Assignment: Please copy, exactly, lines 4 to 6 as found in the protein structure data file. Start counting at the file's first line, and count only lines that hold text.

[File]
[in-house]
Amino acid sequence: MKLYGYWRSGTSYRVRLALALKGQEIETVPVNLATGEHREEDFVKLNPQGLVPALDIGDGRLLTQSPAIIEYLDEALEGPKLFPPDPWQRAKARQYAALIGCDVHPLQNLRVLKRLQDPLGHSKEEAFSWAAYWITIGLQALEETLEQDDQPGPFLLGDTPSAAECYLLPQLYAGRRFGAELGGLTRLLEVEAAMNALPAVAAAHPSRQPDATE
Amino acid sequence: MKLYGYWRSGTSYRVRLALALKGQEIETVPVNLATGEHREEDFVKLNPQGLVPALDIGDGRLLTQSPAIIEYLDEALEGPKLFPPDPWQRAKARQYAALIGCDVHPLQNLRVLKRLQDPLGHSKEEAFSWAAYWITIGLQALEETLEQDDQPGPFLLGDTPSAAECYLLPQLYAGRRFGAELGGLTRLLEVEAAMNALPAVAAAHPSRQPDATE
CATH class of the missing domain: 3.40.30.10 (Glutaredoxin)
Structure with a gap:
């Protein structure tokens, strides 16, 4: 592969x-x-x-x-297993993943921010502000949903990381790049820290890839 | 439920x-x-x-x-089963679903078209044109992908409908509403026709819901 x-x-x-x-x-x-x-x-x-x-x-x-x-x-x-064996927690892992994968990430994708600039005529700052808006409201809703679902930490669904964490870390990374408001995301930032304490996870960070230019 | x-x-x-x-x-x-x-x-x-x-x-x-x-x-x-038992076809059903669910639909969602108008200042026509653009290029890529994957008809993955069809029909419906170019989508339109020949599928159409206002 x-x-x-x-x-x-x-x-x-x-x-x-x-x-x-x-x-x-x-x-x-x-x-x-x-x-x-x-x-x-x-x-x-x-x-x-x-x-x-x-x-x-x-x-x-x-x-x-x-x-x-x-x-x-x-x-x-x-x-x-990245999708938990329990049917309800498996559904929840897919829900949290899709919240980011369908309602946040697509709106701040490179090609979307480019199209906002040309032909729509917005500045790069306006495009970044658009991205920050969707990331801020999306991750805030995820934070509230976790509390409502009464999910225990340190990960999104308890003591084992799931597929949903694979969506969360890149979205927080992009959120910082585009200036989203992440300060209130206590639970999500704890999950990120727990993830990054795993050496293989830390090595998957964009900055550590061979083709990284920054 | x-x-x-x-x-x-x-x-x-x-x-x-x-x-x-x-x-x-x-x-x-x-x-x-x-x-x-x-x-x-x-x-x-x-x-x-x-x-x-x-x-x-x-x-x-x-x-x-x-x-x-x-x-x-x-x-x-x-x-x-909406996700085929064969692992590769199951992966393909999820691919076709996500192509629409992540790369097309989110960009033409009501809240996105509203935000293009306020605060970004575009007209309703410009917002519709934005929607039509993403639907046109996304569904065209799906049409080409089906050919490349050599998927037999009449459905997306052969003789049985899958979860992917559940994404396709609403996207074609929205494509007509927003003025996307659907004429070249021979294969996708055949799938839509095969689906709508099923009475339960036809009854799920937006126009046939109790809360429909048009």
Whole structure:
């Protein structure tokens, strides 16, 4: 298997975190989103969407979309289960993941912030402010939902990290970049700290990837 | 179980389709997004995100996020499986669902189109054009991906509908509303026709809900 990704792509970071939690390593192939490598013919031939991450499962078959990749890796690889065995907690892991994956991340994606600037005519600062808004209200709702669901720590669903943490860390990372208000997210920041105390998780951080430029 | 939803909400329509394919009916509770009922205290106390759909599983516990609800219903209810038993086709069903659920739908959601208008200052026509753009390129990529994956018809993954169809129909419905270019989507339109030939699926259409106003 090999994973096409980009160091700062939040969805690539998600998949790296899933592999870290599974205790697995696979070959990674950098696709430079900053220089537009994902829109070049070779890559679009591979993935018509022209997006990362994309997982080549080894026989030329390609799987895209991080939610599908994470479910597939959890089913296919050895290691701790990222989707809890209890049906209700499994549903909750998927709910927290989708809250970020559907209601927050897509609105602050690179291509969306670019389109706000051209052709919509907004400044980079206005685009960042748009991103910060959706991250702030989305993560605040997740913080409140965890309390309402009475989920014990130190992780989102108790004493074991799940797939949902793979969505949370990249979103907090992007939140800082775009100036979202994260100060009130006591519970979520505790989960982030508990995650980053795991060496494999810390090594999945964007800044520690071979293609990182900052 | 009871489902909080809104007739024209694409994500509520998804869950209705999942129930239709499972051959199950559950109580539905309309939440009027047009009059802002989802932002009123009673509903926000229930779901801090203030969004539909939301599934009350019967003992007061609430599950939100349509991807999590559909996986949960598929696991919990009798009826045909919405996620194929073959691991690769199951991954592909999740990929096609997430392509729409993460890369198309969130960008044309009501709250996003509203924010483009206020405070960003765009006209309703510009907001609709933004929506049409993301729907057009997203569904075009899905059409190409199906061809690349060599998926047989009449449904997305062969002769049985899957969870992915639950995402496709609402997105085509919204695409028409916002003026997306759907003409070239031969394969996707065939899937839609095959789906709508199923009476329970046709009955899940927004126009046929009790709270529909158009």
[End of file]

CATH class of the missing domain: 3.40.30.10 (Glutaredoxin)
Structure with a gap:
């Protein structure tokens, strides 16, 4: 592969x-x-x-x-297993993943921010502000949903990381790049820290890839 | 439920x-x-x-x-089963679903078209044109992908409908509403026709819901 x-x-x-x-x-x-x-x-x-x-x-x-x-x-x-064996927690892992994968990430994708600039005529700052808006409201809703679902930490669904964490870390990374408001995301930032304490996870960070230019 | x-x-x-x-x-x-x-x-x-x-x-x-x-x-x-038992076809059903669910639909969602108008200042026509653009290029890529994957008809993955069809029909419906170019989508339109020949599928159409206002 x-x-x-x-x-x-x-x-x-x-x-x-x-x-x-x-x-x-x-x-x-x-x-x-x-x-x-x-x-x-x-x-x-x-x-x-x-x-x-x-x-x-x-x-x-x-x-x-x-x-x-x-x-x-x-x-x-x-x-x-990245999708938990329990049917309800498996559904929840897919829900949290899709919240980011369908309602946040697509709106701040490179090609979307480019199209906002040309032909729509917005500045790069306006495009970044658009991205920050969707990331801020999306991750805030995820934070509230976790509390409502009464999910225990340190990960999104308890003591084992799931597929949903694979969506969360890149979205927080992009959120910082585009200036989203992440300060209130206590639970999500704890999950990120727990993830990054795993050496293989830390090595998957964009900055550590061979083709990284920054 | x-x-x-x-x-x-x-x-x-x-x-x-x-x-x-x-x-x-x-x-x-x-x-x-x-x-x-x-x-x-x-x-x-x-x-x-x-x-x-x-x-x-x-x-x-x-x-x-x-x-x-x-x-x-x-x-x-x-x-x-909406996700085929064969692992590769199951992966393909999820691919076709996500192509629409992540790369097309989110960009033409009501809240996105509203935000293009306020605060970004575009007209309703410009917002519709934005929607039509993403639907046109996304569904065209799906049409080409089906050919490349050599998927037999009449459905997306052969003789049985899958979860992917559940994404396709609403996207074609929205494509007509927003003025996307659907004429070249021979294969996708055949799938839509095969689906709508099923009475339960036809009854799920937006126009046939109790809360429909048009």